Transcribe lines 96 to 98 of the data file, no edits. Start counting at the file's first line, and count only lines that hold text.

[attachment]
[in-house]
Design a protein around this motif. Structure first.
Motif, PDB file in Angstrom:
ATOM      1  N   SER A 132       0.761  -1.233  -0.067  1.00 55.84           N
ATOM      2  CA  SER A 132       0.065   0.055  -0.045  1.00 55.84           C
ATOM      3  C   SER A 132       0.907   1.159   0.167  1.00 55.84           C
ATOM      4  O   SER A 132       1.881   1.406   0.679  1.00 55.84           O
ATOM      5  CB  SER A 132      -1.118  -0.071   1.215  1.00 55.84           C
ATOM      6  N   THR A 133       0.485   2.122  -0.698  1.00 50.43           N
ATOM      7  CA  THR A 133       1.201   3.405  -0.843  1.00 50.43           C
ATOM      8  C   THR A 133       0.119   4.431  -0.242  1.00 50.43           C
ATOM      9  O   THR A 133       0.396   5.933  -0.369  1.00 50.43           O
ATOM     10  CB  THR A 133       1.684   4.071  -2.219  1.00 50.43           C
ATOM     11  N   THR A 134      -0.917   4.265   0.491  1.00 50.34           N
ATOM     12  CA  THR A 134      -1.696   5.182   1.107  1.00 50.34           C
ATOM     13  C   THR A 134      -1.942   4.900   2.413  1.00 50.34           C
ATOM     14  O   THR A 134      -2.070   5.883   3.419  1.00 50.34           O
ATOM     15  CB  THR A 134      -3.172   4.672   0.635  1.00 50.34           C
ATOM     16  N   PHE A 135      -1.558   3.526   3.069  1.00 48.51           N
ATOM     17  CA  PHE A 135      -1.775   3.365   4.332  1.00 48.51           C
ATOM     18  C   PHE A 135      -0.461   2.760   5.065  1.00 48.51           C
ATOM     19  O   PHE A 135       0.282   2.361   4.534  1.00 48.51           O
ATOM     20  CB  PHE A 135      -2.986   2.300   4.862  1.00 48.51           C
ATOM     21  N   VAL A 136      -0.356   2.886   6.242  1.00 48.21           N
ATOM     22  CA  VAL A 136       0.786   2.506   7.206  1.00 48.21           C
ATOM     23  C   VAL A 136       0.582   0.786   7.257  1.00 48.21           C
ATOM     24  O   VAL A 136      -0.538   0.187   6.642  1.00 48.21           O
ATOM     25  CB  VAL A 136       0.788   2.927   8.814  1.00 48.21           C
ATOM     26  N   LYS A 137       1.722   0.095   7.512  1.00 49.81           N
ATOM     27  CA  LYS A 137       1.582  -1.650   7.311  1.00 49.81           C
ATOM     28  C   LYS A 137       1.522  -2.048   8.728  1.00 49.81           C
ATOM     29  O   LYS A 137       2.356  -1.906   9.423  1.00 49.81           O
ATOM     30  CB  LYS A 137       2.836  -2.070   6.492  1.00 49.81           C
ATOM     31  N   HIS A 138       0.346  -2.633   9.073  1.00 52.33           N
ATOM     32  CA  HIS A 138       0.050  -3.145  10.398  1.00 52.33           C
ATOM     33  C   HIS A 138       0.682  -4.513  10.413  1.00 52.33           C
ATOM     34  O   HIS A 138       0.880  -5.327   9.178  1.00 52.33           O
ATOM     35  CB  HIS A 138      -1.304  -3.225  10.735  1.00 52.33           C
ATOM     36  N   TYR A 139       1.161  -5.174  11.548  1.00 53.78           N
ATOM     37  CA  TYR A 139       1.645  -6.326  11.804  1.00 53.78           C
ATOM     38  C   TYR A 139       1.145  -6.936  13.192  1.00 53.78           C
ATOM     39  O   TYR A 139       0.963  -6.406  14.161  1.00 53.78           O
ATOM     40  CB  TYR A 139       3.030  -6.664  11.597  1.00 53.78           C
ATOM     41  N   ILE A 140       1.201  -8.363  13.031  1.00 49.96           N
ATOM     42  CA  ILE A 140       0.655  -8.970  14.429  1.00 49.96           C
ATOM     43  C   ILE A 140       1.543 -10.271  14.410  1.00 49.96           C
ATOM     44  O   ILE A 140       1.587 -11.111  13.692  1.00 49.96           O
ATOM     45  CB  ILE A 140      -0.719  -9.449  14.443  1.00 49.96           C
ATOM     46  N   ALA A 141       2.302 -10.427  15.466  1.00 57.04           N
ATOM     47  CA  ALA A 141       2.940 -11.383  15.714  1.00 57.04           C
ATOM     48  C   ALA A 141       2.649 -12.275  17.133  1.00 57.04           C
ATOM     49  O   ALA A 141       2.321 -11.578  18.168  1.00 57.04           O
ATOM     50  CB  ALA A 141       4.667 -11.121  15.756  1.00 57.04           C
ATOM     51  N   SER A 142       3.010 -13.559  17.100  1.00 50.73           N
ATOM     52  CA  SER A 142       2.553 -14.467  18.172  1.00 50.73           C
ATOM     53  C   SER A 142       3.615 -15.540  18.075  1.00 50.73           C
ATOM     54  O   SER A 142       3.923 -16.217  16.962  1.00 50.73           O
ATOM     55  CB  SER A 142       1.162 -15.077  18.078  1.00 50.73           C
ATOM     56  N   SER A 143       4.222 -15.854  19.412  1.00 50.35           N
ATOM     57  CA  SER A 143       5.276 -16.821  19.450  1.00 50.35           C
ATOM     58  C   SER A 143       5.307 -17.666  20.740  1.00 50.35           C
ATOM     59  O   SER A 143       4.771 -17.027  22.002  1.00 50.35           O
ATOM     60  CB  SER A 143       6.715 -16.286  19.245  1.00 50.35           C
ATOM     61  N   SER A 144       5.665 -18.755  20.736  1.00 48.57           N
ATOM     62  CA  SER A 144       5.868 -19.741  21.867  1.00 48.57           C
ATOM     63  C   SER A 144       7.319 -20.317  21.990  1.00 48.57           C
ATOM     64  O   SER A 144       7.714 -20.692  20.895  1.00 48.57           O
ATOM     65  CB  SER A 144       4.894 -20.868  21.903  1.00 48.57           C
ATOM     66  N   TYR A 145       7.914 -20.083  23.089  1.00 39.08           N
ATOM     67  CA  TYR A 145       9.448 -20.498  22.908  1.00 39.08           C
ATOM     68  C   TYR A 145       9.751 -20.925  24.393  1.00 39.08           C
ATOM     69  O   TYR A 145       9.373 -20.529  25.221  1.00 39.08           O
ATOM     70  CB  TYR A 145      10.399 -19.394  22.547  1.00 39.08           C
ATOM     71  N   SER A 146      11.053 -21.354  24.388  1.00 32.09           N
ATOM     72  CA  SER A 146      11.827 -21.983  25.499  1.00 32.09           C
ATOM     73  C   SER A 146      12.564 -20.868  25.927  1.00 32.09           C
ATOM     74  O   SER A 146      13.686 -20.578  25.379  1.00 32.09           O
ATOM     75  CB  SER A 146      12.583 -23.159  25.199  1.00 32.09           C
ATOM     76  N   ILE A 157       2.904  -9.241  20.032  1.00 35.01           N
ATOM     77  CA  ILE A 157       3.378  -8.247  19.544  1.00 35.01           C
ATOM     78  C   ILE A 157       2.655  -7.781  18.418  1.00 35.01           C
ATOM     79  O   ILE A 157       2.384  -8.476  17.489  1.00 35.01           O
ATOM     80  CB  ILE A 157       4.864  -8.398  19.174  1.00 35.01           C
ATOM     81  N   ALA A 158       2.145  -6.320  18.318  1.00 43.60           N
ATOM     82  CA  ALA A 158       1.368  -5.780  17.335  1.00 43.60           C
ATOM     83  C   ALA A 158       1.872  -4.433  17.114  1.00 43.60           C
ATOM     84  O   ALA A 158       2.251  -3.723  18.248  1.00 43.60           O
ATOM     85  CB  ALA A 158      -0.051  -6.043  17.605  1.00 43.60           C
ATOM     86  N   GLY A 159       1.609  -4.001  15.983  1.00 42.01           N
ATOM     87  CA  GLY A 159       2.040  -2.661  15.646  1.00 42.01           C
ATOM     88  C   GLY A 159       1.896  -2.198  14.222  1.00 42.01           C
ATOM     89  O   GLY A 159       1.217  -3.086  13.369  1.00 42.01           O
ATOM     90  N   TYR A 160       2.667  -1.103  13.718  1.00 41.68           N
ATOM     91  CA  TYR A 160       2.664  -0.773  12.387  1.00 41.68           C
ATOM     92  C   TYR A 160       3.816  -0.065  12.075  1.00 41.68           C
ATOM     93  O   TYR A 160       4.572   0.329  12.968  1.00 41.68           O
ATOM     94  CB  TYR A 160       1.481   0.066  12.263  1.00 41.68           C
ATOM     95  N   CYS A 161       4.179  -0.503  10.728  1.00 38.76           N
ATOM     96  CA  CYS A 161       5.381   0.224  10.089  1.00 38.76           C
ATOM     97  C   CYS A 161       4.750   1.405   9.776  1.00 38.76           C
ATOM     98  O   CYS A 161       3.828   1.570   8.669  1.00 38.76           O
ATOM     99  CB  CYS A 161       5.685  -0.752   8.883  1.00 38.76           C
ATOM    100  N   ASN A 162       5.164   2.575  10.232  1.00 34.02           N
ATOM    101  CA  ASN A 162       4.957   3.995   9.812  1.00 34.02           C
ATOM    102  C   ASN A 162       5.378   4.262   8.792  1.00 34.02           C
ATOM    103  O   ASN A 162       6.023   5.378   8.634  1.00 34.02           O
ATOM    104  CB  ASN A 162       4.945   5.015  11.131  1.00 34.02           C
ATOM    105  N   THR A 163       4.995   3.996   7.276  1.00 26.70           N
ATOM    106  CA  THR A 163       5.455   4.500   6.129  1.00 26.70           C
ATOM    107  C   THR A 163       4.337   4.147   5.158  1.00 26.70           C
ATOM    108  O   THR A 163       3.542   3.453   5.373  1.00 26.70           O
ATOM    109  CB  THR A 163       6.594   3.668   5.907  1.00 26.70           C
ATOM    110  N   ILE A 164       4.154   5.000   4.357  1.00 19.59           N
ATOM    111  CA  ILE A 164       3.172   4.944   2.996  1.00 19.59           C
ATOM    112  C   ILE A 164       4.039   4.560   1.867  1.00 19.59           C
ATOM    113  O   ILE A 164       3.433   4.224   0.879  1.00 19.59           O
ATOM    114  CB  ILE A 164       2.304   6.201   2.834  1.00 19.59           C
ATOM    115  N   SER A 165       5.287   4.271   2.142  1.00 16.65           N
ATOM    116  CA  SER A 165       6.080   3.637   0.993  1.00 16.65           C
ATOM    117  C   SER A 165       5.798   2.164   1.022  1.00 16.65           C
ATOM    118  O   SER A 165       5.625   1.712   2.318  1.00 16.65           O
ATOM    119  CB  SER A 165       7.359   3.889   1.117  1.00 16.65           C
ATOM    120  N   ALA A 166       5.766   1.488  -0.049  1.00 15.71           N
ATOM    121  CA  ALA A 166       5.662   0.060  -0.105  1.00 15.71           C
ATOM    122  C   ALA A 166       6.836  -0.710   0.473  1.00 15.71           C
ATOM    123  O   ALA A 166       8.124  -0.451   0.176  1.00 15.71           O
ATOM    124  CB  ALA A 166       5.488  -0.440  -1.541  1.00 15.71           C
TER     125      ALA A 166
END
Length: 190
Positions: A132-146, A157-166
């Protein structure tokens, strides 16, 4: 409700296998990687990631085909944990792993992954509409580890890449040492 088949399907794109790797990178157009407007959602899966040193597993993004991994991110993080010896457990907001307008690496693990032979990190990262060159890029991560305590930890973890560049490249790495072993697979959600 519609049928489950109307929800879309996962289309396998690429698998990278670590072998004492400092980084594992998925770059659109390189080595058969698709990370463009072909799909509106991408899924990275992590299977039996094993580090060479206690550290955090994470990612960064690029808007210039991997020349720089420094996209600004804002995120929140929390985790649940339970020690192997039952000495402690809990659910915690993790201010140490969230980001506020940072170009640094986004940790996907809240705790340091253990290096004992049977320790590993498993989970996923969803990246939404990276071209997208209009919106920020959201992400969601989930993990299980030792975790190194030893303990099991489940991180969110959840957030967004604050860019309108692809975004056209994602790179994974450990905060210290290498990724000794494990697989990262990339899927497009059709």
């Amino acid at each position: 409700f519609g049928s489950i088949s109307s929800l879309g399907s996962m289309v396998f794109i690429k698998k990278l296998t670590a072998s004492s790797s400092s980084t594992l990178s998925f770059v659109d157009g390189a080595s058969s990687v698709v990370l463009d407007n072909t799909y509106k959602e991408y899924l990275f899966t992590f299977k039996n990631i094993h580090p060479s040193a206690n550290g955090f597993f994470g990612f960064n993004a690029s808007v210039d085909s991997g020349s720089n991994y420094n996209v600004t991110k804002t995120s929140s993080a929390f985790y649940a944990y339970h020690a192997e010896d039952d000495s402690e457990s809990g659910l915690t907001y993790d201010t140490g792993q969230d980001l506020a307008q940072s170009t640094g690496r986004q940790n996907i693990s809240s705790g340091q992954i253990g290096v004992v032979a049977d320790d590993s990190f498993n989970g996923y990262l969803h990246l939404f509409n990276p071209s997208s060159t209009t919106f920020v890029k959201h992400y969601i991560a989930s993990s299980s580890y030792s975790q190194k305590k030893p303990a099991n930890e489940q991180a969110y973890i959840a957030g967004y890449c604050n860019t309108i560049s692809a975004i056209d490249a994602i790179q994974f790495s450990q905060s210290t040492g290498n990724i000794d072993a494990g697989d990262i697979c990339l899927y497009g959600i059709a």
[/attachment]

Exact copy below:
ATOM     93  O   TYR A 160       4.572   0.329  12.968  1.00 41.68           O
ATOM     94  CB  TYR A 160       1.481   0.066  12.263  1.00 41.68           C
ATOM     95  N   CYS A 161       4.179  -0.503  10.728  1.00 38.76           N